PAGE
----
• srylands

          “global warming and religion have one thing in common , both require huge amounts of faith.”

          what? the scientific evidence for climate change and its causes is profoundly convincing. It is nothing like religion (aka as witchcraft) Of course, the appropriate policy responses to climate change are open to debate.

      • lprent 6.5.2

        Obviously. Mind you it is just as clear to me that each of us should be served a dollop of brains from child born so that they too can become Daily Mail readers…

        On the other hand I could read a online paper that isn’t written by lazy illiterates.

        • Rich the other

          The point is those online papers are changing , some of those writers are already running for cover.
          Reputations are seriously under threat.
          The truth is on the way.

        • andyS

          The latest Mail article on climate change by David Rose was endorsed by Judith Curry, who said he was basically right.

          Mind you, Curry is a “denier” and should be ignored.
          She has spoken badly of the great Mann

          • Macro

            You poor deluded fool…..

            Curry is an academic embarrassment – it’s a wonder she continues to hold her position.. One can drive a bus through the gaps in her logic.. But for those, like yourself, grasping at any straw in the debate, her word is the ultimate TRUTH.

            Never mind andy i’m sure you lot will all be left out in the cold, and you can continue to mutter your inanities to your hearts content amongst yourselves – in the meantime – for those of us in the real world – we have work to do

  6. tracey 7

    If chris has any self respect he wld not have forced his own sacking. The leader will propose his choices for 2 whips and deputy and then caucus vote as they choose.

    The work begins today. If people found this leadership contest tiring they need to step aside now. Its a marathon not a sprint.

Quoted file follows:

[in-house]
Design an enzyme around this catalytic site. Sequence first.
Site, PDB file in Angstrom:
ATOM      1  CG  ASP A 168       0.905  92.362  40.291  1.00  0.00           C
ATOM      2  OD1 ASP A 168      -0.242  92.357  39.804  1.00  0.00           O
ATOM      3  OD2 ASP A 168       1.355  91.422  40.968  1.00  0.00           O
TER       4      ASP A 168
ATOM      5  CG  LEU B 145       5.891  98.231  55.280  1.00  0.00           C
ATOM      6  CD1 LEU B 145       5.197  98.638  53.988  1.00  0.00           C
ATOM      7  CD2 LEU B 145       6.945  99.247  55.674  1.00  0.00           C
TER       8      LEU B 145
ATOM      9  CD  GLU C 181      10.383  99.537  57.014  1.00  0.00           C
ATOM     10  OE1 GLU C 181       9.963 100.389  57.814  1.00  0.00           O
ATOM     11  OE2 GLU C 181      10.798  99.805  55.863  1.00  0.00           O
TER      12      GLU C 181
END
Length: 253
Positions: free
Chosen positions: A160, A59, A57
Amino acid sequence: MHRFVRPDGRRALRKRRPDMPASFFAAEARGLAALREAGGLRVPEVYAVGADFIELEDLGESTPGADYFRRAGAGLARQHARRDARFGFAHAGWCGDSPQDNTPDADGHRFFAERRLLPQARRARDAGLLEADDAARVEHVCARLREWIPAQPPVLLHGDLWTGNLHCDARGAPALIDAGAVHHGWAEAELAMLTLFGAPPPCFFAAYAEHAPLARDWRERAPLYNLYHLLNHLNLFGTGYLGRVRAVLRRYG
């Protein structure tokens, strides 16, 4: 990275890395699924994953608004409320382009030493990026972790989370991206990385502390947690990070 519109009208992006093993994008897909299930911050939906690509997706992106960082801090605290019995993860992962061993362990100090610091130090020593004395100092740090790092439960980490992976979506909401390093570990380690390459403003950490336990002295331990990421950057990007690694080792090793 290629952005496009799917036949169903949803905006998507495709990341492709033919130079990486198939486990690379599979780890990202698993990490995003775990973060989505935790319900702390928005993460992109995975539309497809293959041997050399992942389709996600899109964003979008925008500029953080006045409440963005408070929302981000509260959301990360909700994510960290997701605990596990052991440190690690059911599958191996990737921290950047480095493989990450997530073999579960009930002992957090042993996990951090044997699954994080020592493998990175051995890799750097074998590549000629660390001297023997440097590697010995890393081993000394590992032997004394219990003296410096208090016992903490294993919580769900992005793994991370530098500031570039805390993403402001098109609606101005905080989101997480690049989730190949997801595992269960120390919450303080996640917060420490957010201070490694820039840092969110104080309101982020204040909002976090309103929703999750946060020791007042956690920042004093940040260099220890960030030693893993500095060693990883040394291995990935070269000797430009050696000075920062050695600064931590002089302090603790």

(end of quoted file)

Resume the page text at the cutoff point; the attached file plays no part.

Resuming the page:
7. Ancient Ruin 8

    Mallard will be looking forward to that Speakers role a bit more too…

  8. Not A PS Staffer 9

    David Cunliffe should give a regular pitch on his strategic initiatives on The Standard.

    He should tap into the energy (and intelligence!) of the beauts on this site.

    Many of us are willing foot soldiers in the battle to make Godzone a better place for everone and not just the select few.

    Go on David…

  9. Sable 10

    If he gives Keys the swift kick up the ass the little twit deserves then good job.

  10. Craig 11

    What I’d like to know is when we can expect elaboration and increased attention to the Capital Gains Tax, given that Cunliffe and Robertson both agree on its importance to the centre-left.

  11. captain hook 12

    forget the crap from the mealy mouth gnats and the poormouthing from the Dompost.
    Its time for all good men to come to the aid of the party and fight for social justice and equality.

  12. Congratulations to all three candidates for a civilised, intelligent primary campaign. All three would have made fine Labour leaders. But, as a certain Highlander said, “there can only be one”…

    Now the hard work starts to rid ourselves of this nasty, self-serving government and it’s despicable leader.

    And if any Labour MP has any bright ideas about “white anting” Cunliffe – Shane Jones and Stuart Nash put it quite nicely: find another job. We have no time to waste on further internal squabbles.

    There’s a Tory government to destroy.

    • andyS 13.1

      There’s a Tory government to destroy.

      and then, a country

      • bad12 13.1.1

        Your free to leave, the sooner the better…

        • andyS

          I certainly intend to leave to Australia if there is any indication that the Greens get a share of power, as will a large part of the productive part of NZ

          Then the feral underclass will be left to cannibalise what’s left of NZ.

          • bad12

            Better book your tickets then as there is every indication that the Green Party will have a major role in the next Government,